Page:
|We're definitely a family of readers!|
January started off slowly, with two less-than-stellar choices in a row. But then I really hit my stride, first with an amazing short story collection, followed rather unintentionally by lots and lots of YA novels - and all of them were awesome. I highly recommend checking out the titles I've reviewed below (and if you'd be kind enough to make any purchases through the links provided, I'll receive a small stipend from Amazon - just a couple cents, but every little bit helps, right?)
I was really looking forward to reading The Highly Sensitive Person. I've always known I'm an HSP, and was eager to learn some new coping tips for those days when I'm feeling emotionally and physically overwhelmed. However, I realized almost immediately that the book was full of overly saccharine language and pop psychology cliches. I had a hard time working my way through it, and am ultimately disappointed to say that this isn't a book I'll be returning to.
I knew The Rape of Nanking would be a tough read, but I was truly not prepared for just how brutal the content would be. I think it's important to study and learn from history, including its worst atrocities, but in this case I just couldn't bring myself to keep going. I had to send this one back to the library less than a third of the way in.
Before I even cracked the spine, I was prepared to adore Unaccustomed Earth. I'd loved Jhumpa Lahiri's previous books (Interpreter of Maladies and The Namesake), but this particular short story collection grabbed hold of me in a way I hadn't thought possible. Miraculously, each brief tale is as fully realized, and as satisfying, as a substantial novel. Lahiri has a special gift for presenting characters, places, stories, and themes that are as real as the world outside your window. I was heartbroken to finish this book, and look forward to revisiting it in the future.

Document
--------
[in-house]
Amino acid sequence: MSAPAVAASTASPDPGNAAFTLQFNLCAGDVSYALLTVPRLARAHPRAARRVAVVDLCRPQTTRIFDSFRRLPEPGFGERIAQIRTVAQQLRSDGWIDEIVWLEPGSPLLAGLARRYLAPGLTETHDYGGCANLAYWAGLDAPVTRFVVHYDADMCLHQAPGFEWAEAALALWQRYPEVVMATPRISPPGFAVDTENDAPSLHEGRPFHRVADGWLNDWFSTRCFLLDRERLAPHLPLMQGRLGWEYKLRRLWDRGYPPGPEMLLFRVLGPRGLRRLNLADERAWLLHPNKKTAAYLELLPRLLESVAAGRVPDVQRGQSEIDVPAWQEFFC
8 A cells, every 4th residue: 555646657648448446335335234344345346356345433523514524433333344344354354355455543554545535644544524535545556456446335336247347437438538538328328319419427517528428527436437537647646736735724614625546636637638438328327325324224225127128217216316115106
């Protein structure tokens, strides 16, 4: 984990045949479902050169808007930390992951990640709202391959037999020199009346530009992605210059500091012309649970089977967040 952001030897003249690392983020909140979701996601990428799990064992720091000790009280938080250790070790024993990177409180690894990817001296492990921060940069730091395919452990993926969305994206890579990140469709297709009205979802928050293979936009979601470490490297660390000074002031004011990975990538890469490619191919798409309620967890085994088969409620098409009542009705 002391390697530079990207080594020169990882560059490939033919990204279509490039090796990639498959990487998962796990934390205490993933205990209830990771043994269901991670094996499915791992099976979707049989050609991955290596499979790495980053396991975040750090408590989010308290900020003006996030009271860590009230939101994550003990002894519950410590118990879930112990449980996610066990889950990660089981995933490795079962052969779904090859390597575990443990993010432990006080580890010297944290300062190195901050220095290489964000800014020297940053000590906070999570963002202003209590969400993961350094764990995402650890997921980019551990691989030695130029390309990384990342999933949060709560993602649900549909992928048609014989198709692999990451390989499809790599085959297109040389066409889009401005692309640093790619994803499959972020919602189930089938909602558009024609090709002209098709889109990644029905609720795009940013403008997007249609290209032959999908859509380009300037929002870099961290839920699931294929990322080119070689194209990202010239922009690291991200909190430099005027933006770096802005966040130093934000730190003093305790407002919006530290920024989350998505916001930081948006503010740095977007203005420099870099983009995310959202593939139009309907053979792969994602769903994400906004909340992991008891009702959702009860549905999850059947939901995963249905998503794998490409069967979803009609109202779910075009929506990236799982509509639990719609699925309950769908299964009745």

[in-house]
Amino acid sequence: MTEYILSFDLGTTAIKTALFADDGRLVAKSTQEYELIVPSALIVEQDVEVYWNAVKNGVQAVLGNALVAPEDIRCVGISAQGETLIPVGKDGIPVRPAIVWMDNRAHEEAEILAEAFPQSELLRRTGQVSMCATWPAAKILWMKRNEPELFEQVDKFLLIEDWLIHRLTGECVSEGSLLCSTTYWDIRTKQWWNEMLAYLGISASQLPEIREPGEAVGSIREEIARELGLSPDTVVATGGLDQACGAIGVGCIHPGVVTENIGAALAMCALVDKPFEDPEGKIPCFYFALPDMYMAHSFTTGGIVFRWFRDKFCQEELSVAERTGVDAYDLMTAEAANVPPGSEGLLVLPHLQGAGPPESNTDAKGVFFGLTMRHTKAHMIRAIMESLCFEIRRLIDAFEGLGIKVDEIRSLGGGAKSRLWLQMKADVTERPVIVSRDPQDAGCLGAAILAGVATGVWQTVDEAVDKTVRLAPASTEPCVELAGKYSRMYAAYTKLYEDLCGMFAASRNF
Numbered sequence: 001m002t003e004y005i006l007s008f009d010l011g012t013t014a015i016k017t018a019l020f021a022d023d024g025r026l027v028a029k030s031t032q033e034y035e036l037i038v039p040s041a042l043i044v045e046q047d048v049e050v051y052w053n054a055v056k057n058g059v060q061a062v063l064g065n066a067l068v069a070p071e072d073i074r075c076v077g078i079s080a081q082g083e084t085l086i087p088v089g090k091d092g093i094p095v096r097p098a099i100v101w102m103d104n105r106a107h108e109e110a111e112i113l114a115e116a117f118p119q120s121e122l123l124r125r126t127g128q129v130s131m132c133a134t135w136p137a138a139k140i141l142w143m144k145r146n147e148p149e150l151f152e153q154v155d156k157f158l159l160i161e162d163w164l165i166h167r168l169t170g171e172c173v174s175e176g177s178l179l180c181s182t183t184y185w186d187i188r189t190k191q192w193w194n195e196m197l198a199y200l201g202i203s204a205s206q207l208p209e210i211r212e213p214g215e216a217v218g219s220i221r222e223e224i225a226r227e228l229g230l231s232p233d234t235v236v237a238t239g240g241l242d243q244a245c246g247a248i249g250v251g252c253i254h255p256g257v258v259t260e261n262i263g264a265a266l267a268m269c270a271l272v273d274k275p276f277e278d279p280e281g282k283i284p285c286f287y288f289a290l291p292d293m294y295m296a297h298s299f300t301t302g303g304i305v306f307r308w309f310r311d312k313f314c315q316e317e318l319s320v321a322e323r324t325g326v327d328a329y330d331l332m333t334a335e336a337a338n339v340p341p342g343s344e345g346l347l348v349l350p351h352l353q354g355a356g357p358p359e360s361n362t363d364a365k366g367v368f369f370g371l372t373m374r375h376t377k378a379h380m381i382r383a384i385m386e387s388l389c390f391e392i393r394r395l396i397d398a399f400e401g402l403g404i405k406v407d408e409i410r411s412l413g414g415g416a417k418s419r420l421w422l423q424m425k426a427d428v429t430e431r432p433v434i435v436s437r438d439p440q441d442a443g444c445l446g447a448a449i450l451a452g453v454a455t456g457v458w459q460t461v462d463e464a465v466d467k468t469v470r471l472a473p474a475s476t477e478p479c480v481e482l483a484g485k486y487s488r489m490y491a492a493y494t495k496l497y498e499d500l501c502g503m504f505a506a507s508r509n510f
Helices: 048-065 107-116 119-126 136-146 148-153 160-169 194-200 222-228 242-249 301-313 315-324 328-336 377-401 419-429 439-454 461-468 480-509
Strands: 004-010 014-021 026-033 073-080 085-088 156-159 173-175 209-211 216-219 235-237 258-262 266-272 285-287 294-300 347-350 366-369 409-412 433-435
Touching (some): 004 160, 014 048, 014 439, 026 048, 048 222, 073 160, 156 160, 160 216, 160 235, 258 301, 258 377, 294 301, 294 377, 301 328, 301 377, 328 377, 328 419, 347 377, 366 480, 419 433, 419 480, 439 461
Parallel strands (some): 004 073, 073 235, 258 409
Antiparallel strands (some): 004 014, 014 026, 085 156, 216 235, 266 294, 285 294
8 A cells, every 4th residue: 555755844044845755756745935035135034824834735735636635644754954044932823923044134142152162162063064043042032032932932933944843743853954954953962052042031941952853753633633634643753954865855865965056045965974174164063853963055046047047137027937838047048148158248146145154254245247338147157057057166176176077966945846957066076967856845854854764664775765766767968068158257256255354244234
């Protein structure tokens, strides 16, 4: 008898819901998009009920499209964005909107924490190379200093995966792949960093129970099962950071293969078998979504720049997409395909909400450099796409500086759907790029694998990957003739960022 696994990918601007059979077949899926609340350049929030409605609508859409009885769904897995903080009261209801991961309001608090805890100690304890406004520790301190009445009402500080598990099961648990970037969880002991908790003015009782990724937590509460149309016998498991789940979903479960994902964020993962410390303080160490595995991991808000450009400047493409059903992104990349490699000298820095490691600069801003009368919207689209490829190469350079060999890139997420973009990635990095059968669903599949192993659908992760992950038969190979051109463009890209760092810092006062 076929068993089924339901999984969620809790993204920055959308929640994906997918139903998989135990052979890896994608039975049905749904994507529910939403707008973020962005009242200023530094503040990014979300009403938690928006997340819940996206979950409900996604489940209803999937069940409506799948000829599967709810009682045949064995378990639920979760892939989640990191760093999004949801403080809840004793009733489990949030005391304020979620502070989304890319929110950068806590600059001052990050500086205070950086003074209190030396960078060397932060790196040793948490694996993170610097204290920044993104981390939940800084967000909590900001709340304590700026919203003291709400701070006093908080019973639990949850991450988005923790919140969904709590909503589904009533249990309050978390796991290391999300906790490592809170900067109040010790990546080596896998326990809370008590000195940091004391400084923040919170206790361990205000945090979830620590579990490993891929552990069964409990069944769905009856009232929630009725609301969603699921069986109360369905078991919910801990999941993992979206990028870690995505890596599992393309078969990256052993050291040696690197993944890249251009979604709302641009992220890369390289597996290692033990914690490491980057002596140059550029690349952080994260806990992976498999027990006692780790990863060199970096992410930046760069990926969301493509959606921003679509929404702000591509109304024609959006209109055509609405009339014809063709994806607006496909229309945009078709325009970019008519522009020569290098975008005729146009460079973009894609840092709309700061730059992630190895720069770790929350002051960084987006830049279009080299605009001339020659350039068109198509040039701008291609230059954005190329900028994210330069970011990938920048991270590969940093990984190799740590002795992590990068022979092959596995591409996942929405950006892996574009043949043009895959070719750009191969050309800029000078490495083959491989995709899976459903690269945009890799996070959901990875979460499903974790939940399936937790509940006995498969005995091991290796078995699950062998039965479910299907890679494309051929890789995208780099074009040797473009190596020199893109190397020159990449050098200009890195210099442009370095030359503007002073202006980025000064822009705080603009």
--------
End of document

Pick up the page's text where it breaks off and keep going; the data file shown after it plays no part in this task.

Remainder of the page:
I decided to give Sharp Objects a try based solely on the strength of Gone Girl, which was one of my favorite books of 2012. But murder mystery just isn't my genre, and the imagery was far too graphic for someone as
It's been quite a few years since I read The Giver, but that book is so unforgettable that I still remember it in vivid detail. So when I dove into the final three books of The Giver Quartet, it was like returning to a place I lived long ago - both familiar and changed. Gathering Blue was, structurally, probably the strongest of the three books, and Kira is a heroine I won't soon forget. At first I thought Messenger was going to be too heavy-handed for my taste, but I got swept away in the story and, by the end, was sobbing like a baby. And Son? Well, reading that book was like having my heart and soul shredded into a million tiny pieces, scattered across the globe, then slowly gathered back together and patched into something once again whole and healed. The book ended perfectly, but I still want more.
Girlchild was an engrossing debut novel with an extremely likable protagonist. At first, I thought the "brilliant but damaged white trash girl comes of age and learns Important Life Lessons" plot was a bit hackneyed, but there were enough interesting twists to keep me engaged. The quality of the writing alone is enough to recommend this book.
I picked up Among Others after hearing the tail end of a positive review on NPR, but I didn't know much about the story. I quickly discovered that this book was one of the realest, rawest, most identifiable portraits of adolescent loneliness - and the longing that comes with it - that I've ever read. Even better, the all-too-realistic tale of Mori's isolation is beautifully interwoven with a compelling fantasy narrative, as well as ruminations on her most beloved science fiction books. That's not a genre I'm overly familiar with, but the narrator's loving descriptions of her favorite novels have inspired me to check some of them out.
And, finally, I grabbed The Age of Miracles off a table displaying the best books of 2012 at our local library. I had heard good things, but didn't really have any specific expectations. It turned out to be a quick, compelling read, interweaving plausible science fiction with a painfully real coming-of-age tale. I think this would have become my new favorite book, if I'd read it in middle school.
For more great book recommendations, be sure to visit Booking It! at Life as Mom, where lots of bloggers (including me!) are sharing their favorite reads from the last month.